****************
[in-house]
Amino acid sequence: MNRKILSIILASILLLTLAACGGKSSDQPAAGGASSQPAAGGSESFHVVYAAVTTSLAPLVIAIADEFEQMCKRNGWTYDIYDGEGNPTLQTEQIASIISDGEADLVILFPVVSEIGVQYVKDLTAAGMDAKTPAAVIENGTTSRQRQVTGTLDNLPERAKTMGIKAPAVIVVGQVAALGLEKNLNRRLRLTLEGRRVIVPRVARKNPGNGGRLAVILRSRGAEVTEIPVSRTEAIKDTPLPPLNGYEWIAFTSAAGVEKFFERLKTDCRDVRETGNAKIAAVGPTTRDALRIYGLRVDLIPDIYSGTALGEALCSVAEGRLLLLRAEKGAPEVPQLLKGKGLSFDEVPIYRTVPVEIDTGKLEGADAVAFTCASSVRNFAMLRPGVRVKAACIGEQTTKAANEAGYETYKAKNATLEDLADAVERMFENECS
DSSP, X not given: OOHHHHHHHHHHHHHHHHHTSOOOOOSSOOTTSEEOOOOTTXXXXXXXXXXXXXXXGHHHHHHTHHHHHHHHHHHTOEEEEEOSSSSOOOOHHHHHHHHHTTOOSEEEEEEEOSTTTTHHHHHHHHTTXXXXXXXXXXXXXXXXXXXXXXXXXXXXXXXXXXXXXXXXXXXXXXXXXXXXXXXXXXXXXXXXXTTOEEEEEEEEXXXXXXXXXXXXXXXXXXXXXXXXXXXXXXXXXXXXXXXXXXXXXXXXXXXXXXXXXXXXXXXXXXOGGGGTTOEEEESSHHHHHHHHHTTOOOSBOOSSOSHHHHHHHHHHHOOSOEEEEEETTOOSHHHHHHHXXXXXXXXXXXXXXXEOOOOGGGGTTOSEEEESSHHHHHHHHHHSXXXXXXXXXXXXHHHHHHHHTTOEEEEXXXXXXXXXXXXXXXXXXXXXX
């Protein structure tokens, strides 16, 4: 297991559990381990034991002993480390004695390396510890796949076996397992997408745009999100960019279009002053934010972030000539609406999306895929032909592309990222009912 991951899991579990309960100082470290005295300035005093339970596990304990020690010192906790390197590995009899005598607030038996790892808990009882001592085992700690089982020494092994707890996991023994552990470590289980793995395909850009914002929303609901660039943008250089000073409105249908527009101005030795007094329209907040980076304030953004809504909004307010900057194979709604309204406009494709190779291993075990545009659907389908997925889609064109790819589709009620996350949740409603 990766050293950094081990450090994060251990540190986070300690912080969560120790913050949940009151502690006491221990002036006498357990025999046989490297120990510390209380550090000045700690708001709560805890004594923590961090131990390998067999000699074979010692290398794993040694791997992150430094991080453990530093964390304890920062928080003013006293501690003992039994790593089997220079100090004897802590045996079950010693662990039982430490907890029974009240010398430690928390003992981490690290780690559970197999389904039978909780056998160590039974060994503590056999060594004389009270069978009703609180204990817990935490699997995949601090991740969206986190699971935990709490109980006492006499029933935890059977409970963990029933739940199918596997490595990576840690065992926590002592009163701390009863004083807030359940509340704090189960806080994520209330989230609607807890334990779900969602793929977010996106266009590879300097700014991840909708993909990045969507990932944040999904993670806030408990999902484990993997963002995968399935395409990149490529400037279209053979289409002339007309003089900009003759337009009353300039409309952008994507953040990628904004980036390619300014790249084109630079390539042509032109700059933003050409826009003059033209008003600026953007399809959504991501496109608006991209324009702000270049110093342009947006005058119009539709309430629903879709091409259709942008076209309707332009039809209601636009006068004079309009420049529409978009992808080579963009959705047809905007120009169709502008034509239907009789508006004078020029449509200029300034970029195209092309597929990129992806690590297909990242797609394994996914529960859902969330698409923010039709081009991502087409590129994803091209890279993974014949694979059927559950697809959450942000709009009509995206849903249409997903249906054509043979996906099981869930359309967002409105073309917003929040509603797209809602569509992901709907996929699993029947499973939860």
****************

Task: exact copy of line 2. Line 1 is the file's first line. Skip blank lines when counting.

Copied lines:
Amino acid sequence: MNRKILSIILASILLLTLAACGGKSSDQPAAGGASSQPAAGGSESFHVVYAAVTTSLAPLVIAIADEFEQMCKRNGWTYDIYDGEGNPTLQTEQIASIISDGEADLVILFPVVSEIGVQYVKDLTAAGMDAKTPAAVIENGTTSRQRQVTGTLDNLPERAKTMGIKAPAVIVVGQVAALGLEKNLNRRLRLTLEGRRVIVPRVARKNPGNGGRLAVILRSRGAEVTEIPVSRTEAIKDTPLPPLNGYEWIAFTSAAGVEKFFERLKTDCRDVRETGNAKIAAVGPTTRDALRIYGLRVDLIPDIYSGTALGEALCSVAEGRLLLLRAEKGAPEVPQLLKGKGLSFDEVPIYRTVPVEIDTGKLEGADAVAFTCASSVRNFAMLRPGVRVKAACIGEQTTKAANEAGYETYKAKNATLEDLADAVERMFENECS